Next stop: Rio! “It definitely doesn’t feel the same,” she says of the current Olympic cycle. “Partly because it’s not at home and partly because I’ve already won it. Before London everything was about the Olympics. Ever since I started cycling there’d been only one thing: the London Olympics. Almost as soon as I began, they’d announced the Games were to be in London so for me it wasn’t a four-year thing, it was an eight-year build-up. From 2005 all the way to 2012 everything had been about London.

“It’s been weird adjusting to life without that big target. It was so, so big and I know that nothing will ever be quite as big but I’m still excited by the prospect of going to the Olympics. I want to experience one in a different country. I’ve only experienced the home Games. But I’d quite like to go abroad and see what that’s all about.”

The locations for the track World Cups of 2014/2015 were eventually named in August, giving national teams little time to book flights, accommodation and all the other things that come with international cycling competitions, but Rowsell expects to be going. The schedule sends track riders to Guadalajara in Mexico (8-11 November), back to London (5-7 December), then a return to Cali in Colombia (17-18 January next year) where the worlds were in 2014. And the world championships will be at a new velodrome near Paris between 18 and 22 February 2015.

For someone trying to eke out a living on the women’s pro road cycling scene as well as doing all the qualification rides for the worlds, it’s difficult to find the time. Rowsell recognises that it’s not possible to keep racing 12 months of the year. She had the support of Wiggle-Honda team owner Rochelle Gilmore, who was thrilled to have all three of the winning pursuit team from London on her roster in 2014. But the time has come to set priorities. The change of teams for 2015 is part of that.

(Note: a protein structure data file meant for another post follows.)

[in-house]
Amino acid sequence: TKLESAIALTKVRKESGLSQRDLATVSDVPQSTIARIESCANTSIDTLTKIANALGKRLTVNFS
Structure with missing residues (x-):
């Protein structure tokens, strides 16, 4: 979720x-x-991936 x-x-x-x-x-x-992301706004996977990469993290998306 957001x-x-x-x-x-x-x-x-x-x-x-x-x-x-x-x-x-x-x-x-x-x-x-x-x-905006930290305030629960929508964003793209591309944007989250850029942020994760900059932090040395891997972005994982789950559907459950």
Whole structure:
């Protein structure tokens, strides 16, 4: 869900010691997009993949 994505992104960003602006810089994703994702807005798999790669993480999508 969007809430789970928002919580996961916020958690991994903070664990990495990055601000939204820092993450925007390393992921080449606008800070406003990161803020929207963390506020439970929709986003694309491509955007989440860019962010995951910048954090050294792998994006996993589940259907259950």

“It might turn a few heads that I’ve dropped down from a top-tier UCI team to a team that does most of its racing in the UK,” Rowsell wrote in a blog for Sky Sports. “But in my opinion, women’s cycling in the UK has grown massively in the past couple of years and I think it’s the place to be.

“It was never a problem with Wiggle-Honda, but joining a British-based team and having an extra say in my schedule in the run-up to Rio will give me a lot of peace of mind.”

It would seem it’s the track – or the lure of the Olympics – that appeals more to Rowsell than road cycling. But she explains it thus: “I enjoy training on the road more but racing on the track more,” she told me. “I really like being out in the hills, in the sun training on the road. Obviously that’s not so often in Manchester but we also go to Mallorca for training camps and that helps my enjoyment.

“I really prefer racing on the track because I love the atmosphere in the velodrome,” says Rowsell before listing the things that draw her in… beyond being successful. “I love the crowds. I love hearing the beeps of the count-down – that really gets my adrenaline going. I love the atmosphere in the velodrome and how tightly packed it is. I also love the fact that the events are timed so you can always be looking at personal bests and world records and that sort of thing.

“I enjoy the numbers of it.”